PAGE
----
The women of waseb – Muhammad Sheeraz Dasti

womNarratives of three female characters in the Urdu novel, Adh Adhooray Log frame self assertion as the basic principle of existence

Muhammad Hafeez Khan’s Urdu novel Adh Adhooray Log is primarily a requiem for the tragic heroes of Bahawalpur State who fought for their identity following its merger into One Unit. It exposes the meanness of the political elite, shames the corrupt and cruel police and analyses the exploitation of the common people by the State. It is also a tale of love, loyalty and loss. Fayyaz, the protagonist, is a dreamer who, throughout his life, romances the idea of winning his lost identity through a constant principled struggle. Like all great works of fiction, this novel carries in it a world of pleasures, of pain, of dreams, of realities, of light and of darkness. However, the most intriguing aspect of the novel is its reflections of the agency of women of the Saraiki Waseb.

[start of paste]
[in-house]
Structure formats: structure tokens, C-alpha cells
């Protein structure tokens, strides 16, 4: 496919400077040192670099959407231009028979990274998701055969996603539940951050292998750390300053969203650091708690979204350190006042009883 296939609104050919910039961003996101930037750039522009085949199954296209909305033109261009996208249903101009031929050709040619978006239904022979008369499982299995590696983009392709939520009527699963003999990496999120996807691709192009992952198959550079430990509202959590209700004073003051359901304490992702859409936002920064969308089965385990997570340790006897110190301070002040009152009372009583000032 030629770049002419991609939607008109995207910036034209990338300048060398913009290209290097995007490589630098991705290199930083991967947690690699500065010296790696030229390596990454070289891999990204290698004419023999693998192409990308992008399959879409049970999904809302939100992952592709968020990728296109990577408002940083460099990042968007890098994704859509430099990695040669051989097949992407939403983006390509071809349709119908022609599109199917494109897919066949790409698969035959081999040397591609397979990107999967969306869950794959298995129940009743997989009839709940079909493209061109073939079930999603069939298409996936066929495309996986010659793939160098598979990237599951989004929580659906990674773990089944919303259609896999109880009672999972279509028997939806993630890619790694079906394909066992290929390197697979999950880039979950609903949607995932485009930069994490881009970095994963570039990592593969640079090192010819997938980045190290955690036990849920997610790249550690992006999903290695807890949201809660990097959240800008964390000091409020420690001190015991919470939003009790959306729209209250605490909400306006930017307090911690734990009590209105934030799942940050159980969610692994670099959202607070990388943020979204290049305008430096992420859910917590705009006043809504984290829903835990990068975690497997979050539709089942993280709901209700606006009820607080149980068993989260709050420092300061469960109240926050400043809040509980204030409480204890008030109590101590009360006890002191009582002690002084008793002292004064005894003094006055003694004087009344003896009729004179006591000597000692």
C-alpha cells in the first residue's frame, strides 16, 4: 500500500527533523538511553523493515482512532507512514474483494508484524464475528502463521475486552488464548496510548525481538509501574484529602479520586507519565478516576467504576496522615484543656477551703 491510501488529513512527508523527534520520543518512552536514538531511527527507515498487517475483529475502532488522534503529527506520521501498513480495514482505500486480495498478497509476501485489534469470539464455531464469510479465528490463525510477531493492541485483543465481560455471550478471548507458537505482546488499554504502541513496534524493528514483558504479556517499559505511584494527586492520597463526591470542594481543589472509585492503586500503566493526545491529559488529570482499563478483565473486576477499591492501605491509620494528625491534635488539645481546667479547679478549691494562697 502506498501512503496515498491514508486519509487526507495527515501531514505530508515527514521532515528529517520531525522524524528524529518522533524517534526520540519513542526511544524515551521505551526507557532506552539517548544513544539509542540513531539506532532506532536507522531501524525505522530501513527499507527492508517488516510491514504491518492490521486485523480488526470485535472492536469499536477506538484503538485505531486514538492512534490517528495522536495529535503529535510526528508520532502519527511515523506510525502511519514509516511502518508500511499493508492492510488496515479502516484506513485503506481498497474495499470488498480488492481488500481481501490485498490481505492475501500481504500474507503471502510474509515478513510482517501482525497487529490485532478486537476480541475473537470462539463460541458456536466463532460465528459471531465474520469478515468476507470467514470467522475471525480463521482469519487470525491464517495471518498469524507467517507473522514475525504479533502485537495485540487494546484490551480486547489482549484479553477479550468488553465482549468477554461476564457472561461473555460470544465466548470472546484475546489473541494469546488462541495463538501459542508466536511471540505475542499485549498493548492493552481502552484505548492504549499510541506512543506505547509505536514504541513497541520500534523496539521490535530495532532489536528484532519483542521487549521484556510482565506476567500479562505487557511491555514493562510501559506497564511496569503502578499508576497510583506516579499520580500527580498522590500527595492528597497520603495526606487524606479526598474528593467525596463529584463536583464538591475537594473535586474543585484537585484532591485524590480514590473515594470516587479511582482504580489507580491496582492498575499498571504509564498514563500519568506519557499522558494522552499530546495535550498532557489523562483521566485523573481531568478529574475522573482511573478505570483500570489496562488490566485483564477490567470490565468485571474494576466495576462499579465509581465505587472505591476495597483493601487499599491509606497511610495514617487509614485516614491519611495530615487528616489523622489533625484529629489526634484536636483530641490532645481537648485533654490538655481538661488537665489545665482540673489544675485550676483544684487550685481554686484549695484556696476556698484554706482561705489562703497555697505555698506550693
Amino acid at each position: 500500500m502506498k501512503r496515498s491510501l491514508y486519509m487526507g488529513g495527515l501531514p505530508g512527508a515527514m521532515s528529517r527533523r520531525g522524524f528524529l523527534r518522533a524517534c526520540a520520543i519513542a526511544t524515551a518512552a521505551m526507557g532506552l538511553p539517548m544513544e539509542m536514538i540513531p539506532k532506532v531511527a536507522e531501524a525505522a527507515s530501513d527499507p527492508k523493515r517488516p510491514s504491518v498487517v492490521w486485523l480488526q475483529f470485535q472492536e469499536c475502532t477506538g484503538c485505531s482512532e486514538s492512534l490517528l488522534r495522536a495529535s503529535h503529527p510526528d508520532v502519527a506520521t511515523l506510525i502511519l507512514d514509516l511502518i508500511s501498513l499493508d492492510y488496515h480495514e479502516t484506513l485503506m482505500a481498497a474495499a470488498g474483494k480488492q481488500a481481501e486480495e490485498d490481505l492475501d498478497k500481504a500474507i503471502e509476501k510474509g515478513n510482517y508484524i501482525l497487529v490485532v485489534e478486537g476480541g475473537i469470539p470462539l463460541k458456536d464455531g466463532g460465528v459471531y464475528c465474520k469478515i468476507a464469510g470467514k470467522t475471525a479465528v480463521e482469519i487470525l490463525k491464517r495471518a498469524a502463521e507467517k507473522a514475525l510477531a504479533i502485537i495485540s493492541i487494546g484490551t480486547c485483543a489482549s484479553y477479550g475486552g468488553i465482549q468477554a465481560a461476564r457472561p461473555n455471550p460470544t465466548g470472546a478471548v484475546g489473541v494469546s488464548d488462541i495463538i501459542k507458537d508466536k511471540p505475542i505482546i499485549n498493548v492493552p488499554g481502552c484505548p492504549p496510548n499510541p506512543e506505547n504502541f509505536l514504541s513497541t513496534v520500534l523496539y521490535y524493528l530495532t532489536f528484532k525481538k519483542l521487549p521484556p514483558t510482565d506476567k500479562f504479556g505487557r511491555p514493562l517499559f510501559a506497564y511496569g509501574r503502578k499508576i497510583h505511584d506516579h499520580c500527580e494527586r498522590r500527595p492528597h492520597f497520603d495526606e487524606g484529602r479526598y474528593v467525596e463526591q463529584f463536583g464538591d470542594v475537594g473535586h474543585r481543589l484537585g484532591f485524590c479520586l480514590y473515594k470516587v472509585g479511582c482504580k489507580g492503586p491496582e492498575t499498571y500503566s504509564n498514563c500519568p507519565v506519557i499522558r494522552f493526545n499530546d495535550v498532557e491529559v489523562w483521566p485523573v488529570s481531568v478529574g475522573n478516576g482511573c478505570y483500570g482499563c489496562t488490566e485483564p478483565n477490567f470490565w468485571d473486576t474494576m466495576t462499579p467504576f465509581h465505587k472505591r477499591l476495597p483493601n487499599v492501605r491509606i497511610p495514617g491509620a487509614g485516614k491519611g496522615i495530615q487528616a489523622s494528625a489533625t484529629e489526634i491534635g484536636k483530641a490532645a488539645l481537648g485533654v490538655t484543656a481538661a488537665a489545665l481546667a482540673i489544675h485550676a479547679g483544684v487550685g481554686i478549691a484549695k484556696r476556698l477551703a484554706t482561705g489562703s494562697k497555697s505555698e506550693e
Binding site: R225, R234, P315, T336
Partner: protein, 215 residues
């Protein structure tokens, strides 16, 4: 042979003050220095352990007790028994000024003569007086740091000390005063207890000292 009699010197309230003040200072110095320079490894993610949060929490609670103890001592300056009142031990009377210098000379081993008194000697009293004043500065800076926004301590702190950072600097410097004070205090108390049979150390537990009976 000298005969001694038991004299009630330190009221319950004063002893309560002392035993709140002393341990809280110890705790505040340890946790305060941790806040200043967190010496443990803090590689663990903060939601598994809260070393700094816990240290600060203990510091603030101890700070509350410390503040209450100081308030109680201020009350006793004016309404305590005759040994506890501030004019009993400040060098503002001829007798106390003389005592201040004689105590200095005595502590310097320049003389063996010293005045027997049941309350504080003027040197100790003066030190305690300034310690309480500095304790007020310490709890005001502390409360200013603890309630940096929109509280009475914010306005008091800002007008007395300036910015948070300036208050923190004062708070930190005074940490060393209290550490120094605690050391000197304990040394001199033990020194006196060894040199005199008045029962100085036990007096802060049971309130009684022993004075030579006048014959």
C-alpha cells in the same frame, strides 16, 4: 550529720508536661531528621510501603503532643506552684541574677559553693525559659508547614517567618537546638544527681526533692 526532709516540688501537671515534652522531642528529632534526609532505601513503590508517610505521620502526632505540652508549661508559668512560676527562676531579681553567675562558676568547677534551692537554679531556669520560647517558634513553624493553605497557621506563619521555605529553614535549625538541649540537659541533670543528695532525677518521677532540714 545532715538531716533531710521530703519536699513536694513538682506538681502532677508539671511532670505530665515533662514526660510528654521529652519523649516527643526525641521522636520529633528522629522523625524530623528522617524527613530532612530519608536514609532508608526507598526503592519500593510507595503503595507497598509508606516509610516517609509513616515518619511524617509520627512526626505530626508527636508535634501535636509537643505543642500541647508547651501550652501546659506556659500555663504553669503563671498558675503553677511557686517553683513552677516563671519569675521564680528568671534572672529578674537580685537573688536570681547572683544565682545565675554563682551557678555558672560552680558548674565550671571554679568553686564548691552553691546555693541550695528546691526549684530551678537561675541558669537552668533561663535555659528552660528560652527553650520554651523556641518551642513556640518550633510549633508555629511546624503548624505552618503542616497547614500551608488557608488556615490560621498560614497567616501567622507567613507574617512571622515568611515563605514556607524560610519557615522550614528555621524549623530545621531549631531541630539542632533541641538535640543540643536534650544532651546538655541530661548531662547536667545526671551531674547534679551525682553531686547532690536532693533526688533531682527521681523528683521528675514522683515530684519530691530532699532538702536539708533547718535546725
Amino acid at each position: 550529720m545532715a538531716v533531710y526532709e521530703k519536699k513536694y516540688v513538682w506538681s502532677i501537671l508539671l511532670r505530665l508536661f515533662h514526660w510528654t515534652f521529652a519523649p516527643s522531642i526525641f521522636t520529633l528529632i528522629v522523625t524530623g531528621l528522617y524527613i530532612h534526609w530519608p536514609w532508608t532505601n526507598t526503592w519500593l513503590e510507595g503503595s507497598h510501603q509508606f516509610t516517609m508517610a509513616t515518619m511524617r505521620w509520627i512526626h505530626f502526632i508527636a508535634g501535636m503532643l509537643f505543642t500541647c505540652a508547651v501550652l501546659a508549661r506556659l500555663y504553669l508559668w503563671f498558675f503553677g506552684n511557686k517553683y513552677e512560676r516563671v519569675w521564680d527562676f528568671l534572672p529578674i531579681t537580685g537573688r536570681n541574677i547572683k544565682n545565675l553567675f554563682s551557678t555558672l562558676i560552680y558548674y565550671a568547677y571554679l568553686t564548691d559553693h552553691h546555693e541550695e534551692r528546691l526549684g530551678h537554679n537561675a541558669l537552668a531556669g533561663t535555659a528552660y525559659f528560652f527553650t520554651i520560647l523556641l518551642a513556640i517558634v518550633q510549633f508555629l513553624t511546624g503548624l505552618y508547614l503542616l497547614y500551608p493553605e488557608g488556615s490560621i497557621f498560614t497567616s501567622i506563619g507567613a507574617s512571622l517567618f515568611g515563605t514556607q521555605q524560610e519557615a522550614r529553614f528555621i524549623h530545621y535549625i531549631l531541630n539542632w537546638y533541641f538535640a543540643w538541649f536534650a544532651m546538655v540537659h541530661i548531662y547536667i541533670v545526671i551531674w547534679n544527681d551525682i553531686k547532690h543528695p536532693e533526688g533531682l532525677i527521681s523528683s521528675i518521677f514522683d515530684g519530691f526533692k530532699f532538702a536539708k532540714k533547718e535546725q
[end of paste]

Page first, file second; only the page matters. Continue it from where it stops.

Unlike traditional narratives capturing women’s lives in societies like

ours, Adh Adhooray Log does not limit itself merely to lamenting the oppression of women at the hands of men or other women. Instead, it offers some very well-developed female characters, Tulsi, Mehraan and Salma Badruddin, who shatter the ‘good-victim’ stereotype and make us reimagine Wasebi womanhood.

Tulsi is Hakim Ram Laal’s beautiful daughter. She is engaged to the cowardly Vishnu Das. She is not allowed to continue her education beyond fifth grade as her would-be father-in-law believes it would be difficult for Vishnu to handle her if she received more education. However, this forced dropout cannot keep Tulsi ignorant of the fact that the lazy, lifeless Vishnu is no match for her youthful exuberance.

Not finding the right man remains her biggest worry, until one day she runs into Fayyaz and regains her faith in the possibility of a compatible match for everyone. However, while her heart and mind can tread any path, her body is bound by a strict discipline that after Partition in 1947 suddenly becomes a geographical border. She violates her ideological bind. For her, the simple act of holding hands momentarily with Fayyaz in front of her mother is a note of dissent and pronouncement of a bond that she believes she deserves.

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